mom talking with teen daughter about peer pressureSharon Scott, LPC, LMFT – Helping Kids Handle Peer Pressure

In my column last month, Peer Pressure Reversal: A Refresher, I noted how subtle negative peer pressure is for children and teens. That makes it more difficult to manage as suddenly the child gets the picture concerning the trouble invitation and has to reply quickly,not much time to think.

Identifying Peer Pressure

So it’s imperative that children learn how to identify trouble quickly so that he or she can already be developing a response. Kids have got to know how to save face when saying no otherwise they are likely to accept the trouble maker’s idea.

Research shows that 87% of America’s youth fact at least one negative peer pressure situation every day! It include invitations to skip school, cheat on test, run in the halls, gossip, fight, go someplace off- limits, drink alcohol, be in a clique, copy homework, cuss, use drugs, and so much more.

I have spent the better part of my counseling career travelling to schools across the U.S. and abroad teaching students’and their teachers and parents’my proven effective Peer Pressure Reversal strategies. The first step of the skills teaches kids to Check Out the Scene.

Check Out the Scene teaches to look and listen for clues to trouble. For example, kids should notice if their friends lean in, look around, and begin whispering,why the secrecy? Is the trouble maker acting macho and bossy? Another thing to be aware of is when friend uses peer pressure lines on them such as I thought you were my friend, We won’t get caught, or Are you chicken? These dares are meant to reassure and many kids will buy into these lines and go along with the pressuring peer.

And how do you know if the invite will get you in trouble? Well, if it breaks a law or will get a person in charge mad, then it’s trouble. People in charge include store keepers, teachers, bosses, parents, etc.

Communicating About Peer Pressure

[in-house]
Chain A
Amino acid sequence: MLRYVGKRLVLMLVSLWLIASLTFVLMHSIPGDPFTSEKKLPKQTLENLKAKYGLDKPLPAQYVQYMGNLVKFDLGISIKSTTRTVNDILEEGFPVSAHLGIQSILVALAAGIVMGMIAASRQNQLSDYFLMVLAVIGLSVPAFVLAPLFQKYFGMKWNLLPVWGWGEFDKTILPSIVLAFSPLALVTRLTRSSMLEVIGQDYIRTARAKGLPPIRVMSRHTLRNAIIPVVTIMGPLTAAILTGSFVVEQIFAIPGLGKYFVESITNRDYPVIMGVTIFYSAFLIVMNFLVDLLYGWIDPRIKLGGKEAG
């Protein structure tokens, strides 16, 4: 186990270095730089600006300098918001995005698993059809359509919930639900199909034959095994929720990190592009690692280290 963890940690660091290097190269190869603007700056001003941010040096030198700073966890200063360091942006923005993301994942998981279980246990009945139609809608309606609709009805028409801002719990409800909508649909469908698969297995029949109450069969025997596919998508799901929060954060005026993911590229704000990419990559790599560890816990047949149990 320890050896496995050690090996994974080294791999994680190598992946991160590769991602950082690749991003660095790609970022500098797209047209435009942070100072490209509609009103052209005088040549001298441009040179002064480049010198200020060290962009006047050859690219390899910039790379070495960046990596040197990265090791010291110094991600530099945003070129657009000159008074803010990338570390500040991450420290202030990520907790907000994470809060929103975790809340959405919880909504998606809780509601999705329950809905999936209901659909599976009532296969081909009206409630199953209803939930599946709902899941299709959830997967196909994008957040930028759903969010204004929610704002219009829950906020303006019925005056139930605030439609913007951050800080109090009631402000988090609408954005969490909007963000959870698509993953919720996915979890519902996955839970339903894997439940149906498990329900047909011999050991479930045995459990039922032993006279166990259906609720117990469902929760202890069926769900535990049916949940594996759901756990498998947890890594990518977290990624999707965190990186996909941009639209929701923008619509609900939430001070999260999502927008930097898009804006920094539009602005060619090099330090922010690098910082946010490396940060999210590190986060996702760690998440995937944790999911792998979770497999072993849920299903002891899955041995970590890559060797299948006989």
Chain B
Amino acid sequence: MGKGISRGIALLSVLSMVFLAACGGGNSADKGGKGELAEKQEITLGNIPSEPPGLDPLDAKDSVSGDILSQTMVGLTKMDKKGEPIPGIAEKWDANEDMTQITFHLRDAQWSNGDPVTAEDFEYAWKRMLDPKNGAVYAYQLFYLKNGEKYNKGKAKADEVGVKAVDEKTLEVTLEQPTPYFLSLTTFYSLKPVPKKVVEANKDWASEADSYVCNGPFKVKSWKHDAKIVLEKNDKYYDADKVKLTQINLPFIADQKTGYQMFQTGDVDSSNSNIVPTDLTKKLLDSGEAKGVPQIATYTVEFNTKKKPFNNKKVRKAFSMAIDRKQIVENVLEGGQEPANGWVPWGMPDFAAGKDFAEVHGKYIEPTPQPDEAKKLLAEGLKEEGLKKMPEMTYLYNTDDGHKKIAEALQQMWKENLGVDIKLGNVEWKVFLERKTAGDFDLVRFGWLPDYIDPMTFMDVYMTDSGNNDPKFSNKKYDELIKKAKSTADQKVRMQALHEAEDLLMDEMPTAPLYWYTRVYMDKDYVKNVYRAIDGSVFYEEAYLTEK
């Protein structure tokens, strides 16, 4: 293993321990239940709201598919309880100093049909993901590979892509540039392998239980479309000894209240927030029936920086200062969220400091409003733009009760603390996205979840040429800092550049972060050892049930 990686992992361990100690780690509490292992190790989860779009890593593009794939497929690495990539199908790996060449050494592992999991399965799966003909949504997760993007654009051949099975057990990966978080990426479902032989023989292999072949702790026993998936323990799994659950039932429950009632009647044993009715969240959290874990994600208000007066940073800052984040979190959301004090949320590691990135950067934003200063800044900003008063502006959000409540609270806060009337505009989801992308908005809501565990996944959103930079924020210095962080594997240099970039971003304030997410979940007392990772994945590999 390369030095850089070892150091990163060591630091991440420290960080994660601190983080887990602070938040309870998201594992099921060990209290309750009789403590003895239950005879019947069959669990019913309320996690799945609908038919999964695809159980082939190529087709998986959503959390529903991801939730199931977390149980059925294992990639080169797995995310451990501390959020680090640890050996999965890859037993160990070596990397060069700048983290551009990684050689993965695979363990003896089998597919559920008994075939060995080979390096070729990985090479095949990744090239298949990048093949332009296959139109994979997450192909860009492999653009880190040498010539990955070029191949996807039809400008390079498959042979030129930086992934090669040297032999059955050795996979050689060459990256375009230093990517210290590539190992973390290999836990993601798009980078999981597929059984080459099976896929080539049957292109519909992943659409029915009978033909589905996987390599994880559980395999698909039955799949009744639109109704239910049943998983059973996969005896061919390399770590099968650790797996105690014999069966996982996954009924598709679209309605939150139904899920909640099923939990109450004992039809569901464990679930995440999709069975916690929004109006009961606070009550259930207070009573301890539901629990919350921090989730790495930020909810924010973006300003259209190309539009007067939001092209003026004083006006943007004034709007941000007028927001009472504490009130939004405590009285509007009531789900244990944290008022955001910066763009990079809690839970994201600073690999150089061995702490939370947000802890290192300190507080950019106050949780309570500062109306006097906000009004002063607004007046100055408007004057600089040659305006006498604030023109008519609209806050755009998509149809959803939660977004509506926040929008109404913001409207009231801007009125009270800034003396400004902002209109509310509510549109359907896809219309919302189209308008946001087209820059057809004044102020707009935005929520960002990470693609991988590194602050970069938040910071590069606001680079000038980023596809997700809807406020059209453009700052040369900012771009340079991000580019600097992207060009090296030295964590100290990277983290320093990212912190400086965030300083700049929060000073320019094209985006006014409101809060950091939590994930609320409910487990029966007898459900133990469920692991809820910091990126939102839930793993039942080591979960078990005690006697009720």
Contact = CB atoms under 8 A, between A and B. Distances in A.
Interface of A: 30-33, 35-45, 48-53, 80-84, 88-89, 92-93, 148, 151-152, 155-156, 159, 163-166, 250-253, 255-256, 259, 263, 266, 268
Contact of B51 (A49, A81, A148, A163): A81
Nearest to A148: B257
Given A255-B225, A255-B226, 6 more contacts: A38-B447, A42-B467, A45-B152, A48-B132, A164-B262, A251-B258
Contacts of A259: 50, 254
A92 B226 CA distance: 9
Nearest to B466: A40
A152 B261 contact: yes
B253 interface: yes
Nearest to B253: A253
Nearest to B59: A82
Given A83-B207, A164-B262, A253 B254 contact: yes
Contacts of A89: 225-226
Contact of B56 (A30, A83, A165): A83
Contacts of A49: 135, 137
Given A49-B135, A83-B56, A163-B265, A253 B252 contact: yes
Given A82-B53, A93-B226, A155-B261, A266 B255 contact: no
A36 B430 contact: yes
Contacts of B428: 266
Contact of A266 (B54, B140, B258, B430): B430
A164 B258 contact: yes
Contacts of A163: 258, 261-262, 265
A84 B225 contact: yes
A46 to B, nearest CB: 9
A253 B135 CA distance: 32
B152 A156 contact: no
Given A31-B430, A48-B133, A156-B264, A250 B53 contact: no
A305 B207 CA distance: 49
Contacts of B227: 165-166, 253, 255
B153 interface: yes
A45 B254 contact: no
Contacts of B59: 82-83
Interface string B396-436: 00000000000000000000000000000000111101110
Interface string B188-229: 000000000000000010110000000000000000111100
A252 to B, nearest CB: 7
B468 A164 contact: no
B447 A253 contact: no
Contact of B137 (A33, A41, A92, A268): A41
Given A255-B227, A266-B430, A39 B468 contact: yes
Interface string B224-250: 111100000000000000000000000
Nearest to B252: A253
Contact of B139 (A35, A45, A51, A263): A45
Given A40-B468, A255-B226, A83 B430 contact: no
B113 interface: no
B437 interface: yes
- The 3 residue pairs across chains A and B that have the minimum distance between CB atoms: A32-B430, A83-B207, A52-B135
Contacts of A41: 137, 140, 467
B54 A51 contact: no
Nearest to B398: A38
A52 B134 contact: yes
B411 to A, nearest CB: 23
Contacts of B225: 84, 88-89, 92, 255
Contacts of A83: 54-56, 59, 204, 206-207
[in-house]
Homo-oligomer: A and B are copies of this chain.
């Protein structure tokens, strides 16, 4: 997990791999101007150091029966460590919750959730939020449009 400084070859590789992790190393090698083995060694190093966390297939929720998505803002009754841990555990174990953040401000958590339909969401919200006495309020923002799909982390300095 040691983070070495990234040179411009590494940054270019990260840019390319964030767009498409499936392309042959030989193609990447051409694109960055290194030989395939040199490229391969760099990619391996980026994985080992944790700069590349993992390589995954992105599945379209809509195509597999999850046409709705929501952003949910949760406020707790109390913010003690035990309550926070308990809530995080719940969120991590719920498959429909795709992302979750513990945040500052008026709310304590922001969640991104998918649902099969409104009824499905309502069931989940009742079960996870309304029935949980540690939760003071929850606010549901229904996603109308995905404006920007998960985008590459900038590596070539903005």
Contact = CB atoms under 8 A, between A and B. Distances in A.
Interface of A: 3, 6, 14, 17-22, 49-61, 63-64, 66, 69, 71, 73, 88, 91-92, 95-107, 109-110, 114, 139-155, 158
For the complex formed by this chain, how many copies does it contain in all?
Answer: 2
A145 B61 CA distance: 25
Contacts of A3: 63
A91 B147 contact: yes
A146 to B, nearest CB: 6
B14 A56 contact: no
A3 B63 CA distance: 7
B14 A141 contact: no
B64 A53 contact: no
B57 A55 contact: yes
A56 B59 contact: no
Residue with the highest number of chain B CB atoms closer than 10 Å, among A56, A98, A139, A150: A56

Begin introducing this concept of checking things out even while watching TV with your child. Ask, Did you notice how that person was acting when they asked the other person to do the trouble? Have your child identify what they noticed. You can also role-play asking them to do something wrong, but before you continue,. stop, and ask them what they think is going to happen next by the way you are acting.

Kids should also be taught how to check out the scene when in parking lots at malls or walking home alone,this is actually a major safety point.

More next month on step two.

Copyright © 1985-2011, Sharon Scott, Adapted in part from Peer Pressure Reversal, 2nd Ed. No reproduction without written permission from author.

P.S. Please see my other column Calming Overreactions.

Saying No and Keeping Friend continued:

Part 2

Part 3  

Part 4  

Part 5

Part 6

[Editor’s Note: please see Author’s Bio for the many excellent, award-winning books counselor Scott has written for various ages on this important topic.]

Sharon Scott

Sharon Scott

Sharon is the author of eight award-winning books including four on the topic of peer to peer pressure.

The guide for parents/educators on how to peer-proof children and teens is Peer Pressure Reversal: An Adult Guide to Developing a Responsible Child, 2nd Ed.

Her popular book for teens, How to Say No and Keep Your Friends, 2nd Ed., empowers kids to stand out,not just fit in!

A follow-up book for teens, When to Say Yes! And Make More Friends, shows adolescents how to select and meet quality friends and, in general, feel good for doing and being good.

Sharon also has a charming series of five books for elementary-age children each teaching an important living skill and "co-authored" with her savvy cocker spaniel Nicholas who makes the learning fun.Their book on managing elementary-age peer pressure is titled Too Smart for Trouble.
Sharon Scott

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